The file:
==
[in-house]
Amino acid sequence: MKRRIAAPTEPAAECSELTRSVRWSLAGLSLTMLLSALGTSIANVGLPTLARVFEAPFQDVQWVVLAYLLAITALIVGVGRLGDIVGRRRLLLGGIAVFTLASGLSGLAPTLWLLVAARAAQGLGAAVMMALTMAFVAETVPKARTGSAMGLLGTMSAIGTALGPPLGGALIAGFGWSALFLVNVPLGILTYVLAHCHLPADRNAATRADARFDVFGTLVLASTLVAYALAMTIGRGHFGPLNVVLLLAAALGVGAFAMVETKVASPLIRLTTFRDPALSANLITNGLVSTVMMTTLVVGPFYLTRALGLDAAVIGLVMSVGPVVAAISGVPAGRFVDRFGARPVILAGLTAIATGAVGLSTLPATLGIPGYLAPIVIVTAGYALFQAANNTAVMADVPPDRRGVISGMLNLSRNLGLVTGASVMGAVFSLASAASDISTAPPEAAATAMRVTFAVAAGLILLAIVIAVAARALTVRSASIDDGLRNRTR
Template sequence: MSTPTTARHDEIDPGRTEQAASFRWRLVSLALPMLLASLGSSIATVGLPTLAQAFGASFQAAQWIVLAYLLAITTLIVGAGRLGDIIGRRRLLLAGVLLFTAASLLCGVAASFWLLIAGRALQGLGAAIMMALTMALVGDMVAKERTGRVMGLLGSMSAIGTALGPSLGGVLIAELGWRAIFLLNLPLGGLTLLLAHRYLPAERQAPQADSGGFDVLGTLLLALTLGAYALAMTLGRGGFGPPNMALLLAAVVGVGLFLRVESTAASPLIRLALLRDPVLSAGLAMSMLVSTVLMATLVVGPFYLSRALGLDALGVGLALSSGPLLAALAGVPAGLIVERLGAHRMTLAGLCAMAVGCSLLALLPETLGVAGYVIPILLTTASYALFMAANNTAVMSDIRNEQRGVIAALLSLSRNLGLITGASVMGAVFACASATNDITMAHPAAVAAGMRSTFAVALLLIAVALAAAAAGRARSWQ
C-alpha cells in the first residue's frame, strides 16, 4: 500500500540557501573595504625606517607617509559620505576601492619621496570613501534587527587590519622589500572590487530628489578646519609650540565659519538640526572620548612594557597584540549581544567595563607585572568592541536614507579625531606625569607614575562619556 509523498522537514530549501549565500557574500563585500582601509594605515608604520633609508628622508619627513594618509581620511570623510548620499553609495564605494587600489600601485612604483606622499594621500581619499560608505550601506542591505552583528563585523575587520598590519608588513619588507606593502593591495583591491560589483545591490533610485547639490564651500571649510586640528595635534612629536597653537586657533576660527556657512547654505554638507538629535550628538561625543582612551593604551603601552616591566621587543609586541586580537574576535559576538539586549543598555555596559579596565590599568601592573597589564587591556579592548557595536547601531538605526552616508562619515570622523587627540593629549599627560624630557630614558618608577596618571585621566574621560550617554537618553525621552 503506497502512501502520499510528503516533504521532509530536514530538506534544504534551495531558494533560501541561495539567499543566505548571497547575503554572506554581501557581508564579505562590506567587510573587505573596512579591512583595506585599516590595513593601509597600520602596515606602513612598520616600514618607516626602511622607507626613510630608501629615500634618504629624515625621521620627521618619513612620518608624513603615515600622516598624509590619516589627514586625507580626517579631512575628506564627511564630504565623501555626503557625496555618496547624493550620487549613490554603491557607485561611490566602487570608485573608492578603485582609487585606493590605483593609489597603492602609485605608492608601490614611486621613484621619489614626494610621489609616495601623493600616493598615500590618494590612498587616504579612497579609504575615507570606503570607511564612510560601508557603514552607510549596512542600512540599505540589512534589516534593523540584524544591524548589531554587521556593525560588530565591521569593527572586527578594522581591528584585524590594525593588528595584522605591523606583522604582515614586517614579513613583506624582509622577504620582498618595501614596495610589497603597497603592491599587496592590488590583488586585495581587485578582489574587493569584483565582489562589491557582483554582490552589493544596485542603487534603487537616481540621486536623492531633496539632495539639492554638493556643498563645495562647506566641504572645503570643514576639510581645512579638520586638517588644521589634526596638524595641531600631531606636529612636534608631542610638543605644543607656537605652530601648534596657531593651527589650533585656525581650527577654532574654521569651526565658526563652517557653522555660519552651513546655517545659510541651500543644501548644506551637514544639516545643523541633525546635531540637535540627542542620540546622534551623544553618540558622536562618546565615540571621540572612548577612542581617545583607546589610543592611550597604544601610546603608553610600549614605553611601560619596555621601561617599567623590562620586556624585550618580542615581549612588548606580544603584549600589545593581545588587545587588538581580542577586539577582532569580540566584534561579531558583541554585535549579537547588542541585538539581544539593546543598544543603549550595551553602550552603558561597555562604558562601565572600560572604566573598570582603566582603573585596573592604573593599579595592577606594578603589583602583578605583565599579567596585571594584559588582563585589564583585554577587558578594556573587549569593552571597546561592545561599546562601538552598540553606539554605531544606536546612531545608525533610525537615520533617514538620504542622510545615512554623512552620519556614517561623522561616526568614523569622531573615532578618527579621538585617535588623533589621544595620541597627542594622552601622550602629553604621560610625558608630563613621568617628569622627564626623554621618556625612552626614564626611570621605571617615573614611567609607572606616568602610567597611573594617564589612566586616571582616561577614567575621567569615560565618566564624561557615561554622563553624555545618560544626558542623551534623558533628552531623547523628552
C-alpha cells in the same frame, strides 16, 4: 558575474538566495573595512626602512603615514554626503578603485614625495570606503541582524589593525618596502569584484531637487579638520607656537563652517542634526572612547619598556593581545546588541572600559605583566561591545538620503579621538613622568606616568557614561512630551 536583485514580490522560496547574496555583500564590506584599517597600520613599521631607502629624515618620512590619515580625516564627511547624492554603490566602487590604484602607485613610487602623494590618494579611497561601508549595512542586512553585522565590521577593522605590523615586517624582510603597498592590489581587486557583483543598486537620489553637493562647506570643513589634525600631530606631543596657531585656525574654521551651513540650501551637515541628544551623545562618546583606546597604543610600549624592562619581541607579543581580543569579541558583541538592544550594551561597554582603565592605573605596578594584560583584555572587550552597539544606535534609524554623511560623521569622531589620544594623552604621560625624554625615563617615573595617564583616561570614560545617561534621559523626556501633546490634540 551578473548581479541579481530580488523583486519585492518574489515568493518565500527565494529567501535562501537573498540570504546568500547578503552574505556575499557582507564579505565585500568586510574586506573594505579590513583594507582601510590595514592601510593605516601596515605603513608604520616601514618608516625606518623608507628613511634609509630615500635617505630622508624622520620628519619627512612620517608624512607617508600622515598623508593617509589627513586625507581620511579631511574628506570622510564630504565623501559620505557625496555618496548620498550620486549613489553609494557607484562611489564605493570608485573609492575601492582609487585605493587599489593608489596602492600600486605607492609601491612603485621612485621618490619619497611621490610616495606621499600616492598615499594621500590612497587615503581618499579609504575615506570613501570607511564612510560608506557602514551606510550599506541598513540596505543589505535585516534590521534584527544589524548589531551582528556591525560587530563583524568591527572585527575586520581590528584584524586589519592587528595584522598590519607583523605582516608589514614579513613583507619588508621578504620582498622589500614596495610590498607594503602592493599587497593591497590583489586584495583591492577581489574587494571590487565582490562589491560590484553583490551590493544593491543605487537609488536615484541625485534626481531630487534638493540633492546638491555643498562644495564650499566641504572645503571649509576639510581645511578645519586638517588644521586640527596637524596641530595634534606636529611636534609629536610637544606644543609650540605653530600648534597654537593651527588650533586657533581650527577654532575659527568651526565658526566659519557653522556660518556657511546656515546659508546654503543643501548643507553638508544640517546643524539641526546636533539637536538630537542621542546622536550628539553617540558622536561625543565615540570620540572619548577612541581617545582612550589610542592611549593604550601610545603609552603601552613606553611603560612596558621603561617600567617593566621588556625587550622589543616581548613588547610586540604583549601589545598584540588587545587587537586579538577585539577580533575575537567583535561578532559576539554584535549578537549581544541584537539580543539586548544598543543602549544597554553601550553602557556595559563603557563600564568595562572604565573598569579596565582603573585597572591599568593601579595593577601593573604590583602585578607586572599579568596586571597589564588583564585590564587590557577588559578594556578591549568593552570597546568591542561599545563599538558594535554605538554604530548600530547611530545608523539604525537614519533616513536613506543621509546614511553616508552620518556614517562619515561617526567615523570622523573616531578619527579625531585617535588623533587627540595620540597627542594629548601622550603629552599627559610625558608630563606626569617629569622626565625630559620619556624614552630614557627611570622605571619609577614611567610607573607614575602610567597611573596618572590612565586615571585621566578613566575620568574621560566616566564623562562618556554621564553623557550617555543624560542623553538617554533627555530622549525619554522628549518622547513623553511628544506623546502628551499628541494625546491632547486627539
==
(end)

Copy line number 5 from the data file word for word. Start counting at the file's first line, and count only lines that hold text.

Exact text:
C-alpha cells in the same frame, strides 16, 4: 558575474538566495573595512626602512603615514554626503578603485614625495570606503541582524589593525618596502569584484531637487579638520607656537563652517542634526572612547619598556593581545546588541572600559605583566561591545538620503579621538613622568606616568557614561512630551 536583485514580490522560496547574496555583500564590506584599517597600520613599521631607502629624515618620512590619515580625516564627511547624492554603490566602487590604484602607485613610487602623494590618494579611497561601508549595512542586512553585522565590521577593522605590523615586517624582510603597498592590489581587486557583483543598486537620489553637493562647506570643513589634525600631530606631543596657531585656525574654521551651513540650501551637515541628544551623545562618546583606546597604543610600549624592562619581541607579543581580543569579541558583541538592544550594551561597554582603565592605573605596578594584560583584555572587550552597539544606535534609524554623511560623521569622531589620544594623552604621560625624554625615563617615573595617564583616561570614560545617561534621559523626556501633546490634540 551578473548581479541579481530580488523583486519585492518574489515568493518565500527565494529567501535562501537573498540570504546568500547578503552574505556575499557582507564579505565585500568586510574586506573594505579590513583594507582601510590595514592601510593605516601596515605603513608604520616601514618608516625606518623608507628613511634609509630615500635617505630622508624622520620628519619627512612620517608624512607617508600622515598623508593617509589627513586625507581620511579631511574628506570622510564630504565623501559620505557625496555618496548620498550620486549613489553609494557607484562611489564605493570608485573609492575601492582609487585605493587599489593608489596602492600600486605607492609601491612603485621612485621618490619619497611621490610616495606621499600616492598615499594621500590612497587615503581618499579609504575615506570613501570607511564612510560608506557602514551606510550599506541598513540596505543589505535585516534590521534584527544589524548589531551582528556591525560587530563583524568591527572585527575586520581590528584584524586589519592587528595584522598590519607583523605582516608589514614579513613583507619588508621578504620582498622589500614596495610590498607594503602592493599587497593591497590583489586584495583591492577581489574587494571590487565582490562589491560590484553583490551590493544593491543605487537609488536615484541625485534626481531630487534638493540633492546638491555643498562644495564650499566641504572645503571649509576639510581645511578645519586638517588644521586640527596637524596641530595634534606636529611636534609629536610637544606644543609650540605653530600648534597654537593651527588650533586657533581650527577654532575659527568651526565658526566659519557653522556660518556657511546656515546659508546654503543643501548643507553638508544640517546643524539641526546636533539637536538630537542621542546622536550628539553617540558622536561625543565615540570620540572619548577612541581617545582612550589610542592611549593604550601610545603609552603601552613606553611603560612596558621603561617600567617593566621588556625587550622589543616581548613588547610586540604583549601589545598584540588587545587587537586579538577585539577580533575575537567583535561578532559576539554584535549578537549581544541584537539580543539586548544598543543602549544597554553601550553602557556595559563603557563600564568595562572604565573598569579596565582603573585597572591599568593601579595593577601593573604590583602585578607586572599579568596586571597589564588583564585590564587590557577588559578594556578591549568593552570597546568591542561599545563599538558594535554605538554604530548600530547611530545608523539604525537614519533616513536613506543621509546614511553616508552620518556614517562619515561617526567615523570622523573616531578619527579625531585617535588623533587627540595620540597627542594629548601622550603629552599627559610625558608630563606626569617629569622626565625630559620619556624614552630614557627611570622605571619609577614611567610607573607614575602610567597611573596618572590612565586615571585621566578613566575620568574621560566616566564623562562618556554621564553623557550617555543624560542623553538617554533627555530622549525619554522628549518622547513623553511628544506623546502628551499628541494625546491632547486627539